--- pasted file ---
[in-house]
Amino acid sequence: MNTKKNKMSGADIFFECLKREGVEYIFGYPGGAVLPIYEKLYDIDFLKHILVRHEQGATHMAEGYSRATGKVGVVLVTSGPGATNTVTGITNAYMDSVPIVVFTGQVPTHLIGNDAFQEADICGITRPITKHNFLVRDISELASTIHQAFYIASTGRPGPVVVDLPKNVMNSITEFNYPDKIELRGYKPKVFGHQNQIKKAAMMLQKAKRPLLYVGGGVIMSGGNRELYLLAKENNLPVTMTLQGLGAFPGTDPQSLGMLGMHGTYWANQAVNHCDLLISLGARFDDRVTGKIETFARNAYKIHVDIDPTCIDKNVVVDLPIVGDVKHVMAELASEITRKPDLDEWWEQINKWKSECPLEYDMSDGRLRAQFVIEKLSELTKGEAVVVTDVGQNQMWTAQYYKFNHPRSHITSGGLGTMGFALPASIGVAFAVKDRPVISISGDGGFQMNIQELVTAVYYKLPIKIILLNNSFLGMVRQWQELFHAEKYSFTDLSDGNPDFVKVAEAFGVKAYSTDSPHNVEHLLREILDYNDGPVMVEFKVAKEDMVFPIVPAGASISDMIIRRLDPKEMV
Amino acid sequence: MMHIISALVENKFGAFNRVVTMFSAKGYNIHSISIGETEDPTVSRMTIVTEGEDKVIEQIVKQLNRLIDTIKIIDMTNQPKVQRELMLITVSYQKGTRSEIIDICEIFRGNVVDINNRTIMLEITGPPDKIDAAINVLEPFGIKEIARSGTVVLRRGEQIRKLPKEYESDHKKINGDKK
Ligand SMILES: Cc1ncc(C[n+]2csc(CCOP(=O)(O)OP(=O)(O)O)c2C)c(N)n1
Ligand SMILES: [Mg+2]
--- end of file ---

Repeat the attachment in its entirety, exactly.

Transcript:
[in-house]
Amino acid sequence: MNTKKNKMSGADIFFECLKREGVEYIFGYPGGAVLPIYEKLYDIDFLKHILVRHEQGATHMAEGYSRATGKVGVVLVTSGPGATNTVTGITNAYMDSVPIVVFTGQVPTHLIGNDAFQEADICGITRPITKHNFLVRDISELASTIHQAFYIASTGRPGPVVVDLPKNVMNSITEFNYPDKIELRGYKPKVFGHQNQIKKAAMMLQKAKRPLLYVGGGVIMSGGNRELYLLAKENNLPVTMTLQGLGAFPGTDPQSLGMLGMHGTYWANQAVNHCDLLISLGARFDDRVTGKIETFARNAYKIHVDIDPTCIDKNVVVDLPIVGDVKHVMAELASEITRKPDLDEWWEQINKWKSECPLEYDMSDGRLRAQFVIEKLSELTKGEAVVVTDVGQNQMWTAQYYKFNHPRSHITSGGLGTMGFALPASIGVAFAVKDRPVISISGDGGFQMNIQELVTAVYYKLPIKIILLNNSFLGMVRQWQELFHAEKYSFTDLSDGNPDFVKVAEAFGVKAYSTDSPHNVEHLLREILDYNDGPVMVEFKVAKEDMVFPIVPAGASISDMIIRRLDPKEMV
Amino acid sequence: MMHIISALVENKFGAFNRVVTMFSAKGYNIHSISIGETEDPTVSRMTIVTEGEDKVIEQIVKQLNRLIDTIKIIDMTNQPKVQRELMLITVSYQKGTRSEIIDICEIFRGNVVDINNRTIMLEITGPPDKIDAAINVLEPFGIKEIARSGTVVLRRGEQIRKLPKEYESDHKKINGDKK
Ligand SMILES: Cc1ncc(C[n+]2csc(CCOP(=O)(O)OP(=O)(O)O)c2C)c(N)n1
Ligand SMILES: [Mg+2]